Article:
of Telephone Triage
There are risks associated with telephone
triage, just as with every other area of health care. Quality
health care is always the end product of an involved process. A
breakdown in any step along the way will produce an increased
risk to the quality of the care delivered and the care received
by the patient. The following interventions may be used to avoid
assessment, decision, or advice
ALWAYS follow established protocol.
- Never assume,
never guess, never compromise; always work the call to the utmost
Nurse should ask
open-ended questions whenever possible and offer
suggestions that might spur the caller's memory.
- Ex: What type
of past medical history do you have, such as heart disease, liver
disease, seizures, asthma, immune problems, etc.?
- Ex: What types
of injuries have you been treated for in the past?
Always address each
possible system involved, including the social situation
surrounding the caller.
Perform a focused assessment of the
Restate questions if the caller's
answer was ambiguous.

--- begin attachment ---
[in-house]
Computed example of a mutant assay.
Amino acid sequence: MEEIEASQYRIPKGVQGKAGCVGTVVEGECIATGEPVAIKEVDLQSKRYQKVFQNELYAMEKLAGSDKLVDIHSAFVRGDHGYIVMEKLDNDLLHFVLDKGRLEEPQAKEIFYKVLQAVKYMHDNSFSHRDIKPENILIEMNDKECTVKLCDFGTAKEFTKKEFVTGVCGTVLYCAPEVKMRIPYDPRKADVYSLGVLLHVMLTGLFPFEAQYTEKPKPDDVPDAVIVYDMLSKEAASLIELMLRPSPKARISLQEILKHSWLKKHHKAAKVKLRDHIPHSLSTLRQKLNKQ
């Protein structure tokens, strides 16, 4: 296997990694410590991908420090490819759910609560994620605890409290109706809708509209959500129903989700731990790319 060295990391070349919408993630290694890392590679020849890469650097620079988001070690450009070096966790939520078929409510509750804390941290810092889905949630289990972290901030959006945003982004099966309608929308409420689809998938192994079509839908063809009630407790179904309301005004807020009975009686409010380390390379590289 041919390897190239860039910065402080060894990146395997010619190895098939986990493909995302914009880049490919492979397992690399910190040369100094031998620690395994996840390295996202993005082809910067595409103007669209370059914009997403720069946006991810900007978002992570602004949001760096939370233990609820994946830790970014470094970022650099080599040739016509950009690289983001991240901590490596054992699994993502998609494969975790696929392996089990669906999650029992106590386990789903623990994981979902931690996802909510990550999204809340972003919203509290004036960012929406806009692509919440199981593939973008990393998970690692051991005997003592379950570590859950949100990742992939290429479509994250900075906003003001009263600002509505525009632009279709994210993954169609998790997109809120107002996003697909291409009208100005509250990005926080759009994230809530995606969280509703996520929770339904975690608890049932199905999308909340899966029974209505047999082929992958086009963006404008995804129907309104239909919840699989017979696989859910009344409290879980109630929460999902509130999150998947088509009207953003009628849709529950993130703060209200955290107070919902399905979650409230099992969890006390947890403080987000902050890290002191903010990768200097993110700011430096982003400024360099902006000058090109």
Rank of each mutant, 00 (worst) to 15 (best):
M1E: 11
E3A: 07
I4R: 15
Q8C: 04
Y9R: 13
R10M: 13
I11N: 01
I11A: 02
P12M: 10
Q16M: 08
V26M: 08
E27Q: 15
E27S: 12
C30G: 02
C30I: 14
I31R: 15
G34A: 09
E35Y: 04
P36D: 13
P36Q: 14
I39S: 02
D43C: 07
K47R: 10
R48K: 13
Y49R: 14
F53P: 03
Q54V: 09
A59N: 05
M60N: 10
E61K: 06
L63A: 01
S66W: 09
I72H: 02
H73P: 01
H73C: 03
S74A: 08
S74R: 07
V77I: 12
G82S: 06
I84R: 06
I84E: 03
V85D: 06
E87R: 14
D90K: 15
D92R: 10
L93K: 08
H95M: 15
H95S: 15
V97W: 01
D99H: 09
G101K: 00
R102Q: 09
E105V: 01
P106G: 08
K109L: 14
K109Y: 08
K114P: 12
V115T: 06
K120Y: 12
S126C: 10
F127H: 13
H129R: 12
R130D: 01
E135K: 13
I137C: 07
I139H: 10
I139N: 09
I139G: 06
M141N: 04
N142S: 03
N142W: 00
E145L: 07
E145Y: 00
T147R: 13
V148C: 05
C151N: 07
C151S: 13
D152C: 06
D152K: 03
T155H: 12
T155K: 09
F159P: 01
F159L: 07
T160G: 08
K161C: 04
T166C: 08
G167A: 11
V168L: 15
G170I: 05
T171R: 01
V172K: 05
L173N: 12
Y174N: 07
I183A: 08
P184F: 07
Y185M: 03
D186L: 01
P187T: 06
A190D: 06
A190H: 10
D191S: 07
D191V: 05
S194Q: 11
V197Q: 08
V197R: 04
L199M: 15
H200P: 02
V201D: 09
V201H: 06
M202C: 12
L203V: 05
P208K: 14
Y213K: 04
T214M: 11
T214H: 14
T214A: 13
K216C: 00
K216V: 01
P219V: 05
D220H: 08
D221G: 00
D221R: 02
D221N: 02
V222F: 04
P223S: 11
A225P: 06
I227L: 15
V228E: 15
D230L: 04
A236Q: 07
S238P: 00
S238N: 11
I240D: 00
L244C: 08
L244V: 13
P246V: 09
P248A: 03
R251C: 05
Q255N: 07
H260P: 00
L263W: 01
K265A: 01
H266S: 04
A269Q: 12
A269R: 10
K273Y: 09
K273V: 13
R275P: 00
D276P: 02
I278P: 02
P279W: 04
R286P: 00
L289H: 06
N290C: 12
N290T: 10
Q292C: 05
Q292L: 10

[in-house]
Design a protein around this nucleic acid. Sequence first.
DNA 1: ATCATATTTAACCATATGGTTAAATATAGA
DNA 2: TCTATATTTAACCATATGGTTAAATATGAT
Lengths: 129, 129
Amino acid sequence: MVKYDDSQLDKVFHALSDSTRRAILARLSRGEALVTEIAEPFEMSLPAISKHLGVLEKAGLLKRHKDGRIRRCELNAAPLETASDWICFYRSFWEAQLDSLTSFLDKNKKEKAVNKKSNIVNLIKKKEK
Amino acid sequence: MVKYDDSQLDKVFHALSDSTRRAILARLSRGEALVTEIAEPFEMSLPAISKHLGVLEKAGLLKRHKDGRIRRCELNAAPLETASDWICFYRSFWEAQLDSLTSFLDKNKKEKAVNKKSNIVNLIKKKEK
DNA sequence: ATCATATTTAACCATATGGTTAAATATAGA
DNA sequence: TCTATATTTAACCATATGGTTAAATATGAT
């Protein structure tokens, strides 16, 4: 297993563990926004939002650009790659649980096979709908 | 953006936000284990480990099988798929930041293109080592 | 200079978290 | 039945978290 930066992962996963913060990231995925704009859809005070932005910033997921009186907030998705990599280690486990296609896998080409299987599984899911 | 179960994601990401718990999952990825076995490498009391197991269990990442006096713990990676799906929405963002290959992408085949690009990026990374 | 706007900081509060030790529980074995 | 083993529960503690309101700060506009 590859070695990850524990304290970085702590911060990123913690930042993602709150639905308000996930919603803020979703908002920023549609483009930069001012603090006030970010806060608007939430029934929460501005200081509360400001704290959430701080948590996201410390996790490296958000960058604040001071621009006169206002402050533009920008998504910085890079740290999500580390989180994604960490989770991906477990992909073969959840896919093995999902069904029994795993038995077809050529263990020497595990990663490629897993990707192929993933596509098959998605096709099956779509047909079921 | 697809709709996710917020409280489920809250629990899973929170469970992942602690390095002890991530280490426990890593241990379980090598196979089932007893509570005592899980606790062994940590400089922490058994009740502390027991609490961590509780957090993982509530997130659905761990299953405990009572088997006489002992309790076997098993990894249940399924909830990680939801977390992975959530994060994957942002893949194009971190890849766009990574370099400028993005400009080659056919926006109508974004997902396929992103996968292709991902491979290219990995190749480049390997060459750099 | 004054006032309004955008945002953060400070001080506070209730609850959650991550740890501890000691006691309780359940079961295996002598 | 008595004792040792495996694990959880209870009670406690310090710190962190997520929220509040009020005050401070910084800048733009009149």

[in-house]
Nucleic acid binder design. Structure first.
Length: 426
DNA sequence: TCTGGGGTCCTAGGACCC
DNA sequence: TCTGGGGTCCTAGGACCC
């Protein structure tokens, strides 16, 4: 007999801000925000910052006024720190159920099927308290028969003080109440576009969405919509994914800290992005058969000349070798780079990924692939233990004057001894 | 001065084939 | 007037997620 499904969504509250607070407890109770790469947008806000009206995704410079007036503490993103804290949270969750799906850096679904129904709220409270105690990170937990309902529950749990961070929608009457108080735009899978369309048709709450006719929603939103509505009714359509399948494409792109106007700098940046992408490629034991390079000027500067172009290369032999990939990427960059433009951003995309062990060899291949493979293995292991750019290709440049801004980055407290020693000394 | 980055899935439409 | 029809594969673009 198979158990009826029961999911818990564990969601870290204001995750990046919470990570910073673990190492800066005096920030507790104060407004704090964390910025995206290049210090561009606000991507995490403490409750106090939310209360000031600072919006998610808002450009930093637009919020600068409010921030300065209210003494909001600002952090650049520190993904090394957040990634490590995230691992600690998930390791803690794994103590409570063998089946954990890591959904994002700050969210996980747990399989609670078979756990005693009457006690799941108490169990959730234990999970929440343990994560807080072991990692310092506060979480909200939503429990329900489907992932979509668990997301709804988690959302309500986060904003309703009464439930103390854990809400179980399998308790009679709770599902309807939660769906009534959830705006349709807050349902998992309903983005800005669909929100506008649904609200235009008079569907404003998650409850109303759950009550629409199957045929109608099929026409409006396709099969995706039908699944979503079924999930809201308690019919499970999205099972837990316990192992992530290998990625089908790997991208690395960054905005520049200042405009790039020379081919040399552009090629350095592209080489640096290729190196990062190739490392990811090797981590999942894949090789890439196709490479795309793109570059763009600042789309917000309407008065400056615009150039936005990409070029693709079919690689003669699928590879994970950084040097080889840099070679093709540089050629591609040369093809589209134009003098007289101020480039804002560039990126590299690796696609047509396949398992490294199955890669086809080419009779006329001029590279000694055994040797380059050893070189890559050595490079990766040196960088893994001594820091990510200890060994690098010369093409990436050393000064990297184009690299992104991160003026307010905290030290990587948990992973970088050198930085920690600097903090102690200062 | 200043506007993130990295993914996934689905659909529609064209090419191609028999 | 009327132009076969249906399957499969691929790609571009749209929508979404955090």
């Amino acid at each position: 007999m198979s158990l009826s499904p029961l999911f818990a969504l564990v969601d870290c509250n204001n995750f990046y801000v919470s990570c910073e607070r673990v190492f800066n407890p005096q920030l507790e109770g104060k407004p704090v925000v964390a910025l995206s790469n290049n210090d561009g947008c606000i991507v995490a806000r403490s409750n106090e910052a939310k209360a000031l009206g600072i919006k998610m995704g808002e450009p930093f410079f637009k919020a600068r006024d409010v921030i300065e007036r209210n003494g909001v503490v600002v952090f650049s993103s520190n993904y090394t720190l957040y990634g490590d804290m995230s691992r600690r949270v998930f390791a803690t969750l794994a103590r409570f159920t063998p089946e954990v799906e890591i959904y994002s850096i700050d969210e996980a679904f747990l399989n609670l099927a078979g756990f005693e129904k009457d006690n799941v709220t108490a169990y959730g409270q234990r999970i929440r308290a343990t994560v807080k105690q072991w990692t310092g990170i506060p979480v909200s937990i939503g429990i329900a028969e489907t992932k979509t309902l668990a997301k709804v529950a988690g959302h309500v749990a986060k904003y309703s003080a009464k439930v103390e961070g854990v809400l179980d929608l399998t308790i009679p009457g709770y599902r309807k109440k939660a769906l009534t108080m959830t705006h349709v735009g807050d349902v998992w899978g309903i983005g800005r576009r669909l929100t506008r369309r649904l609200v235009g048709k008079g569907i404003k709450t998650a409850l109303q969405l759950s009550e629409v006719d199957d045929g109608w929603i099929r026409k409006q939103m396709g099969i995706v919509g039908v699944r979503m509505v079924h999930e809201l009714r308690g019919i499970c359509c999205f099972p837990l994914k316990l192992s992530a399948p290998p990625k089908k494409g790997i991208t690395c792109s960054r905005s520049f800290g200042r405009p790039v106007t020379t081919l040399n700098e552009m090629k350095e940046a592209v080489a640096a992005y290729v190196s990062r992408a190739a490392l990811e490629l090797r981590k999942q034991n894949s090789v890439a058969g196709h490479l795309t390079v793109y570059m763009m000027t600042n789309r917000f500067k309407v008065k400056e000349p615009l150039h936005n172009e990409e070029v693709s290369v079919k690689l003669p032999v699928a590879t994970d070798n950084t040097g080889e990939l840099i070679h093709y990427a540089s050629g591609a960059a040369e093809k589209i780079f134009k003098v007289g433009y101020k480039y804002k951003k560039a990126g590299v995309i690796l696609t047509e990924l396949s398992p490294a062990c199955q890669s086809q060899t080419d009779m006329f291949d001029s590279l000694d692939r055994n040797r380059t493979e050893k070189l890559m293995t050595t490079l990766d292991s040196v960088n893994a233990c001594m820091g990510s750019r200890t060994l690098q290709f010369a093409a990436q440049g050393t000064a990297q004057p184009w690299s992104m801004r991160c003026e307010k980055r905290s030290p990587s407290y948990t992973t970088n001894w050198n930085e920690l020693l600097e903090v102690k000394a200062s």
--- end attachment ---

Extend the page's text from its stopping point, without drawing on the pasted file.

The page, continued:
mistrust of telephone program
Nurse should establish an
excellent rapport with the caller immediately in the
- Remember that the caller is
stressed, may have poor communication skills, or
may be very frightened.
The caller must know that their health
care is of utmost importance to the telephone nurse.
Always ask the caller if they are
comfortable with the topics discussed and the advice
Ask caller to repeat
instruction when given, and suggest they write them down.
Ask for questions.
- This is necessary if future
readers are to understand exactly the dynamics of
To save valuable time, the telephone
triage nurse should ask questions with "yes" or "no" answers as much as possible.